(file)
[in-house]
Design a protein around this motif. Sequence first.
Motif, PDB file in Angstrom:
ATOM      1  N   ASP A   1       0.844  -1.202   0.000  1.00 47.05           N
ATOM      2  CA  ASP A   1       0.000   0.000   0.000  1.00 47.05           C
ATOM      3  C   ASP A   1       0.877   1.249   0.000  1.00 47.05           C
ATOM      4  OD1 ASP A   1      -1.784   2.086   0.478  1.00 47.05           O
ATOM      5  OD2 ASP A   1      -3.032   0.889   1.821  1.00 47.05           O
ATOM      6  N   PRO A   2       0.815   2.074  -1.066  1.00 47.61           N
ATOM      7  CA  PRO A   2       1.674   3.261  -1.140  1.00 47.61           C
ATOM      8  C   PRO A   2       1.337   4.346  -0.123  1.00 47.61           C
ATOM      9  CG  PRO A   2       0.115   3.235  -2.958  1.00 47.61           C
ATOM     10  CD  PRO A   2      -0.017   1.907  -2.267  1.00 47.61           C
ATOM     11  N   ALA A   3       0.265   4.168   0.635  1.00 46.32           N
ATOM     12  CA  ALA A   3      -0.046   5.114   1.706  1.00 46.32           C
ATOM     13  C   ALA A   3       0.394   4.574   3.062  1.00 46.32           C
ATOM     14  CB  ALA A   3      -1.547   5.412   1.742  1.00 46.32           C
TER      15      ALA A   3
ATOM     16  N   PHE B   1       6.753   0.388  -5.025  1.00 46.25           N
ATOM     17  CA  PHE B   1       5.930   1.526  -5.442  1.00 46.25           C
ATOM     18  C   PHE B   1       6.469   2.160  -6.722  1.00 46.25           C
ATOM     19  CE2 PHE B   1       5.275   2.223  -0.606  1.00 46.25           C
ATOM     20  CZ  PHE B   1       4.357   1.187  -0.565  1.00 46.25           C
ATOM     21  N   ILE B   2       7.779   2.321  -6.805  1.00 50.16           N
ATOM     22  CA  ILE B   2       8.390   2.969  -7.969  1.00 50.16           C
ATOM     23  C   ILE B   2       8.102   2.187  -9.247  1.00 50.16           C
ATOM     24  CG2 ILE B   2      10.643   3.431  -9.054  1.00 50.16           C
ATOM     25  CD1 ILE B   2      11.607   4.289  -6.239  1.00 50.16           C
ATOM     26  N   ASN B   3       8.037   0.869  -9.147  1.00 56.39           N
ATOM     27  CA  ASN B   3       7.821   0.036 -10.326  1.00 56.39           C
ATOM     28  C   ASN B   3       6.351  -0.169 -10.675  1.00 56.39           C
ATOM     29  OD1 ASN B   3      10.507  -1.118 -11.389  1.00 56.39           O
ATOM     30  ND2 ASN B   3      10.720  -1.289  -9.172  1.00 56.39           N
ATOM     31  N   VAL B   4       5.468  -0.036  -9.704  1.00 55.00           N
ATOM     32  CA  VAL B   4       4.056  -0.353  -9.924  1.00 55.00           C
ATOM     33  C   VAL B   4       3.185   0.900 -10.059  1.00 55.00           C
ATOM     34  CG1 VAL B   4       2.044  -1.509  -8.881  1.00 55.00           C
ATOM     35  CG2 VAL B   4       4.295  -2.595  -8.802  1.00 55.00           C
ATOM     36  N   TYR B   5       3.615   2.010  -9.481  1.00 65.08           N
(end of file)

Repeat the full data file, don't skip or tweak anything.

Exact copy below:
[in-house]
Design a protein around this motif. Sequence first.
Motif, PDB file in Angstrom:
ATOM      1  N   ASP A   1       0.844  -1.202   0.000  1.00 47.05           N
ATOM      2  CA  ASP A   1       0.000   0.000   0.000  1.00 47.05           C
ATOM      3  C   ASP A   1       0.877   1.249   0.000  1.00 47.05           C
ATOM      4  OD1 ASP A   1      -1.784   2.086   0.478  1.00 47.05           O
ATOM      5  OD2 ASP A   1      -3.032   0.889   1.821  1.00 47.05           O
ATOM      6  N   PRO A   2       0.815   2.074  -1.066  1.00 47.61           N
ATOM      7  CA  PRO A   2       1.674   3.261  -1.140  1.00 47.61           C
ATOM      8  C   PRO A   2       1.337   4.346  -0.123  1.00 47.61           C
ATOM      9  CG  PRO A   2       0.115   3.235  -2.958  1.00 47.61           C
ATOM     10  CD  PRO A   2      -0.017   1.907  -2.267  1.00 47.61           C
ATOM     11  N   ALA A   3       0.265   4.168   0.635  1.00 46.32           N
ATOM     12  CA  ALA A   3      -0.046   5.114   1.706  1.00 46.32           C
ATOM     13  C   ALA A   3       0.394   4.574   3.062  1.00 46.32           C
ATOM     14  CB  ALA A   3      -1.547   5.412   1.742  1.00 46.32           C
TER      15      ALA A   3
ATOM     16  N   PHE B   1       6.753   0.388  -5.025  1.00 46.25           N
ATOM     17  CA  PHE B   1       5.930   1.526  -5.442  1.00 46.25           C
ATOM     18  C   PHE B   1       6.469   2.160  -6.722  1.00 46.25           C
ATOM     19  CE2 PHE B   1       5.275   2.223  -0.606  1.00 46.25           C
ATOM     20  CZ  PHE B   1       4.357   1.187  -0.565  1.00 46.25           C
ATOM     21  N   ILE B   2       7.779   2.321  -6.805  1.00 50.16           N
ATOM     22  CA  ILE B   2       8.390   2.969  -7.969  1.00 50.16           C
ATOM     23  C   ILE B   2       8.102   2.187  -9.247  1.00 50.16           C
ATOM     24  CG2 ILE B   2      10.643   3.431  -9.054  1.00 50.16           C
ATOM     25  CD1 ILE B   2      11.607   4.289  -6.239  1.00 50.16           C
ATOM     26  N   ASN B   3       8.037   0.869  -9.147  1.00 56.39           N
ATOM     27  CA  ASN B   3       7.821   0.036 -10.326  1.00 56.39           C
ATOM     28  C   ASN B   3       6.351  -0.169 -10.675  1.00 56.39           C
ATOM     29  OD1 ASN B   3      10.507  -1.118 -11.389  1.00 56.39           O
ATOM     30  ND2 ASN B   3      10.720  -1.289  -9.172  1.00 56.39           N
ATOM     31  N   VAL B   4       5.468  -0.036  -9.704  1.00 55.00           N
ATOM     32  CA  VAL B   4       4.056  -0.353  -9.924  1.00 55.00           C
ATOM     33  C   VAL B   4       3.185   0.900 -10.059  1.00 55.00           C
ATOM     34  CG1 VAL B   4       2.044  -1.509  -8.881  1.00 55.00           C
ATOM     35  CG2 VAL B   4       4.295  -2.595  -8.802  1.00 55.00           C
ATOM     36  N   TYR B   5       3.615   2.010  -9.481  1.00 65.08           N